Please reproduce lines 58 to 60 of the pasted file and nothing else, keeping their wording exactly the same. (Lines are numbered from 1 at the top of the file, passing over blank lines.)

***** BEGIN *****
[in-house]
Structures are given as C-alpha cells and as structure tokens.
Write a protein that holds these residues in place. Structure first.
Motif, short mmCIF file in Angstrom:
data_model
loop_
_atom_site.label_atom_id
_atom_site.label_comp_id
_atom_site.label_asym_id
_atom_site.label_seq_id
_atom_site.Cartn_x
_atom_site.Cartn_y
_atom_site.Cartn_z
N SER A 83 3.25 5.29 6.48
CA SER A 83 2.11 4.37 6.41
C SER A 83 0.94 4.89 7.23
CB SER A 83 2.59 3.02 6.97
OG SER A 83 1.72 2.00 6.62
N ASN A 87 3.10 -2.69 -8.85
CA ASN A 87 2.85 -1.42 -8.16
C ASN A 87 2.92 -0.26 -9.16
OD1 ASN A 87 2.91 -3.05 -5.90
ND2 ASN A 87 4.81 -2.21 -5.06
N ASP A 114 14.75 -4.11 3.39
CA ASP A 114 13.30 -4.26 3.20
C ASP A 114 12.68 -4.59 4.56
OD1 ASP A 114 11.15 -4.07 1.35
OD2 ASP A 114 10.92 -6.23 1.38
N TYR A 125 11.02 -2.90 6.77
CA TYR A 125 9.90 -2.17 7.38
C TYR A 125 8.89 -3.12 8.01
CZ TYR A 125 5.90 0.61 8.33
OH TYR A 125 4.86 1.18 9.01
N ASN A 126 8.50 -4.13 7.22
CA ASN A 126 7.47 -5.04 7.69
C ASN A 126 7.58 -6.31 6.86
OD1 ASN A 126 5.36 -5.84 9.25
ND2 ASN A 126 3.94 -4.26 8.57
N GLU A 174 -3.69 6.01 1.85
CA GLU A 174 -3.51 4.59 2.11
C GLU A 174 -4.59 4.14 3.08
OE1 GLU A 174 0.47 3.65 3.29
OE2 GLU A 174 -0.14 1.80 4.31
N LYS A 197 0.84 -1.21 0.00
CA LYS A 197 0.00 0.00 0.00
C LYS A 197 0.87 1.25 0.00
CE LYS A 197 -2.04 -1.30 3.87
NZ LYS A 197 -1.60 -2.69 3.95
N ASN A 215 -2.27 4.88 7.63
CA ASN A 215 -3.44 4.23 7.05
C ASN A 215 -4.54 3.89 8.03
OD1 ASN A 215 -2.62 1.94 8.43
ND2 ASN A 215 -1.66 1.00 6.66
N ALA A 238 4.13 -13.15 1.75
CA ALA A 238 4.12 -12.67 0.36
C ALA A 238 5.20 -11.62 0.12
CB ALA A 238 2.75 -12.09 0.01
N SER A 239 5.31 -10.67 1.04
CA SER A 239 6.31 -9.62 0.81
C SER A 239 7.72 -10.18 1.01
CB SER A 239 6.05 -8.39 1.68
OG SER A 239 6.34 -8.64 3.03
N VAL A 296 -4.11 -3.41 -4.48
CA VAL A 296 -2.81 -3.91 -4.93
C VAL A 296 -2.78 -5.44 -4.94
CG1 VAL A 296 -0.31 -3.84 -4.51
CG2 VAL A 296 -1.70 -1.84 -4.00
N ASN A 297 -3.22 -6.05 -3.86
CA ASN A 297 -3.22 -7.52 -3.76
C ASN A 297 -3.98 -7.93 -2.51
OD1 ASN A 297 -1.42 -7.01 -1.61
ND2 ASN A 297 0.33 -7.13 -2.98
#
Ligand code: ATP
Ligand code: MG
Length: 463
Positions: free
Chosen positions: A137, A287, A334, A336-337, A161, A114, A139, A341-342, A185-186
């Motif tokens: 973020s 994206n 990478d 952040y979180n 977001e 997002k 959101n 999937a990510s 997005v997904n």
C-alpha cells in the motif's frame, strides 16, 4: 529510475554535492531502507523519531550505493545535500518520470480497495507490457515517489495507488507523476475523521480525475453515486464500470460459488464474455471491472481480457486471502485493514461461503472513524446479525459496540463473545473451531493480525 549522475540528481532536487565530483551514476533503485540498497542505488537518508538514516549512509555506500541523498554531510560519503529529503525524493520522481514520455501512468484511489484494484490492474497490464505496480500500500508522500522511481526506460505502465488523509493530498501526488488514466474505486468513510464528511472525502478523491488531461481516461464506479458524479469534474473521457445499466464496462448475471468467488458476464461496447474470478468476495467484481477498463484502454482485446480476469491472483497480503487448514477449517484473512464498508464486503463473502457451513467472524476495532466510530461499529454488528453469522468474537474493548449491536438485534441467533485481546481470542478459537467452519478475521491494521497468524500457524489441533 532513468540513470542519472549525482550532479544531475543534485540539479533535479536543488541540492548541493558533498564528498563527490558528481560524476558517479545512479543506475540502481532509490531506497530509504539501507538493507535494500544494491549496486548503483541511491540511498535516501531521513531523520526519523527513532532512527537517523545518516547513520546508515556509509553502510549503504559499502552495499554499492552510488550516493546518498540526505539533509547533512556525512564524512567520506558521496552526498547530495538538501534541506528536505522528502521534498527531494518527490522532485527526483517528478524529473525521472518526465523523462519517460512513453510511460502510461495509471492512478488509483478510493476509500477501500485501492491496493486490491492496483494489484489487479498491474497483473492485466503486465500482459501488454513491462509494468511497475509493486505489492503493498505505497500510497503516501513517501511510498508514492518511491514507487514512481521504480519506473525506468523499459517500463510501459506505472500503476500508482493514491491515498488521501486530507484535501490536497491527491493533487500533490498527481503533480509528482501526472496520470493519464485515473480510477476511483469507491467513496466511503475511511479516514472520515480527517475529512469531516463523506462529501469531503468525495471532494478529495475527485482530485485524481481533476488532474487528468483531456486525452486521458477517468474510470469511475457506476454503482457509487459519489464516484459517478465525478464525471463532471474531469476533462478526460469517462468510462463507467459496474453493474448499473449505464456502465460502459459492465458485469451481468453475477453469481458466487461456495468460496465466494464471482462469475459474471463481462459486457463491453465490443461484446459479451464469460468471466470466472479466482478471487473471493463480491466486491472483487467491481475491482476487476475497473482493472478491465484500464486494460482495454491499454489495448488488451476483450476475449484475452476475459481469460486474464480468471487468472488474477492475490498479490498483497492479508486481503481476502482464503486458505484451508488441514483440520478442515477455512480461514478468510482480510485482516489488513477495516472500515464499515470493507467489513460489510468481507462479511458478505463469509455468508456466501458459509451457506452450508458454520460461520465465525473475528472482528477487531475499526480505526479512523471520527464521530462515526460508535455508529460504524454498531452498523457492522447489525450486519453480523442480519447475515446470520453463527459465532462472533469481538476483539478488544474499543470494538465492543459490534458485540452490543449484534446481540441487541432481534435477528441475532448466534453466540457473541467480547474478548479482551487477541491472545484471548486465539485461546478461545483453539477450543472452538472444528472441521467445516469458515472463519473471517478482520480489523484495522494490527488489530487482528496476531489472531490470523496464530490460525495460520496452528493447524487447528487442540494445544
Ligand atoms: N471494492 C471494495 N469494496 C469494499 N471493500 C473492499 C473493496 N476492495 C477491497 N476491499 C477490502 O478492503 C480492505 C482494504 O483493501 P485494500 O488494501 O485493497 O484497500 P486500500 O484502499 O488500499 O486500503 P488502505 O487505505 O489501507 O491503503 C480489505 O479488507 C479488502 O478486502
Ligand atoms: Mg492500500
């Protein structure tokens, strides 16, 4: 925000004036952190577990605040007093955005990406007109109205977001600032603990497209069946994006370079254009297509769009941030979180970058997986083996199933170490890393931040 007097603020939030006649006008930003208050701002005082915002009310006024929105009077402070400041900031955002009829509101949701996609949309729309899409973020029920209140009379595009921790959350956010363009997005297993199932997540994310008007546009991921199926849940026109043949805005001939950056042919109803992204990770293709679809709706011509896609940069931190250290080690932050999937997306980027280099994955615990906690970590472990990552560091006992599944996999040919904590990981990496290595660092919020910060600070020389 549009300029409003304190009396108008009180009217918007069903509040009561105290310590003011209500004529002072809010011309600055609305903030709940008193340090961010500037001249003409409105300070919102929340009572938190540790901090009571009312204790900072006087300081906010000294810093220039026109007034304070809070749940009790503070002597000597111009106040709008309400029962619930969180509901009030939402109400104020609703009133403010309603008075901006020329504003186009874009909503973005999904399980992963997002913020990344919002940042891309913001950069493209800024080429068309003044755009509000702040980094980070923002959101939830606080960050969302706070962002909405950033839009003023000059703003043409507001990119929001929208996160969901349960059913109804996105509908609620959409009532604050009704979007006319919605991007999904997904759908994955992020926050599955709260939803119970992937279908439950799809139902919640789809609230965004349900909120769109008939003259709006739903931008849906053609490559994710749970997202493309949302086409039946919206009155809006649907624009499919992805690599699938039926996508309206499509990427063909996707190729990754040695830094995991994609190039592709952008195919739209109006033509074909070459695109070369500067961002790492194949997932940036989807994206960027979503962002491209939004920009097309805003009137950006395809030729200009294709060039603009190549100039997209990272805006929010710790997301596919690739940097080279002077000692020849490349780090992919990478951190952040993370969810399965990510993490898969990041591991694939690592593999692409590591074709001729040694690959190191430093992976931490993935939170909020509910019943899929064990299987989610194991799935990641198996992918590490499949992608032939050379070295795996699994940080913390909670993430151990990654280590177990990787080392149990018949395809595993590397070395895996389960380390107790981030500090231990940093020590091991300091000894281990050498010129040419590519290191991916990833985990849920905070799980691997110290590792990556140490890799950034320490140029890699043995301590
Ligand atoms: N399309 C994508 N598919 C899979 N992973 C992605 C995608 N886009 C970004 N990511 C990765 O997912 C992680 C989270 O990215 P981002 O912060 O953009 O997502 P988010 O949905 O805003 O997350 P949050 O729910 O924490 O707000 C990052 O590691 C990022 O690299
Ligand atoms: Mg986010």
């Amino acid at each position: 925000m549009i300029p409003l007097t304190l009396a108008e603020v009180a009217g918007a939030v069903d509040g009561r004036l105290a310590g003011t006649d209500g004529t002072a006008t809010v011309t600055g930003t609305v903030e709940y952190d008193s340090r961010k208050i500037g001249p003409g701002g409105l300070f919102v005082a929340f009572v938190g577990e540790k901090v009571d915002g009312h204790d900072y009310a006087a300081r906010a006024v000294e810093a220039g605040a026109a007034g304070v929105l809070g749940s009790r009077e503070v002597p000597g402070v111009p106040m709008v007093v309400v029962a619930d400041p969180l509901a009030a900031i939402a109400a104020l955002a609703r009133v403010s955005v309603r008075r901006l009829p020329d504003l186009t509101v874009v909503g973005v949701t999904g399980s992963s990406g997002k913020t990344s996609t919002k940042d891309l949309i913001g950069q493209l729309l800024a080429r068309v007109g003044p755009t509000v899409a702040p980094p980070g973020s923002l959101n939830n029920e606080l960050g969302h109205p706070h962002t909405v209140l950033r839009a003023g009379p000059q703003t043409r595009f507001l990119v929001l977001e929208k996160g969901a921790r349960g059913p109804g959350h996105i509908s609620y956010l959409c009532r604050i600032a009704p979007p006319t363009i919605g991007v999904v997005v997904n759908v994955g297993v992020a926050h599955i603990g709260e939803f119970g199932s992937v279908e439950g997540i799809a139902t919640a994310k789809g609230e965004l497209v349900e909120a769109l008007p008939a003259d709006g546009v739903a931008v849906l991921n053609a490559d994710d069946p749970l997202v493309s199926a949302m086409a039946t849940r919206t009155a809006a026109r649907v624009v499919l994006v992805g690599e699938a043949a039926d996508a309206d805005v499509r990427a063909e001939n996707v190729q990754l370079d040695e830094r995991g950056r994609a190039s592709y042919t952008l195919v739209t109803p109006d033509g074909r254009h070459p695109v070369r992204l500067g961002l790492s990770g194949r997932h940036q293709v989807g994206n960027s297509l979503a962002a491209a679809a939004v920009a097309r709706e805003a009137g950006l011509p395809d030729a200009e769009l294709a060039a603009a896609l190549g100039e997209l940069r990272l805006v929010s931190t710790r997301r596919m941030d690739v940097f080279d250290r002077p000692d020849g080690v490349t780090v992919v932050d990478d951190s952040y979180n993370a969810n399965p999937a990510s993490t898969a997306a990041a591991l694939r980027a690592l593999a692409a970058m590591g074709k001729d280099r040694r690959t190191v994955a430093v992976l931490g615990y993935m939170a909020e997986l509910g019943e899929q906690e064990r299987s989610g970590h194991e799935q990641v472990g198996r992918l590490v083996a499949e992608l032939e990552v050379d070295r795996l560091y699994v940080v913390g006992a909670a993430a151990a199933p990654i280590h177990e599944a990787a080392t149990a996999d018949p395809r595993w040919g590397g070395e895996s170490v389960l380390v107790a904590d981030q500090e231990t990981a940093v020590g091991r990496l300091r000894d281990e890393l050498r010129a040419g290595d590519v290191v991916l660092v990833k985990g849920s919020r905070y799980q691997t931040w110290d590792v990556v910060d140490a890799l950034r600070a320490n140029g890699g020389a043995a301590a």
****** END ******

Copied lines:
N SER A 239 5.31 -10.67 1.04
CA SER A 239 6.31 -9.62 0.81
C SER A 239 7.72 -10.18 1.01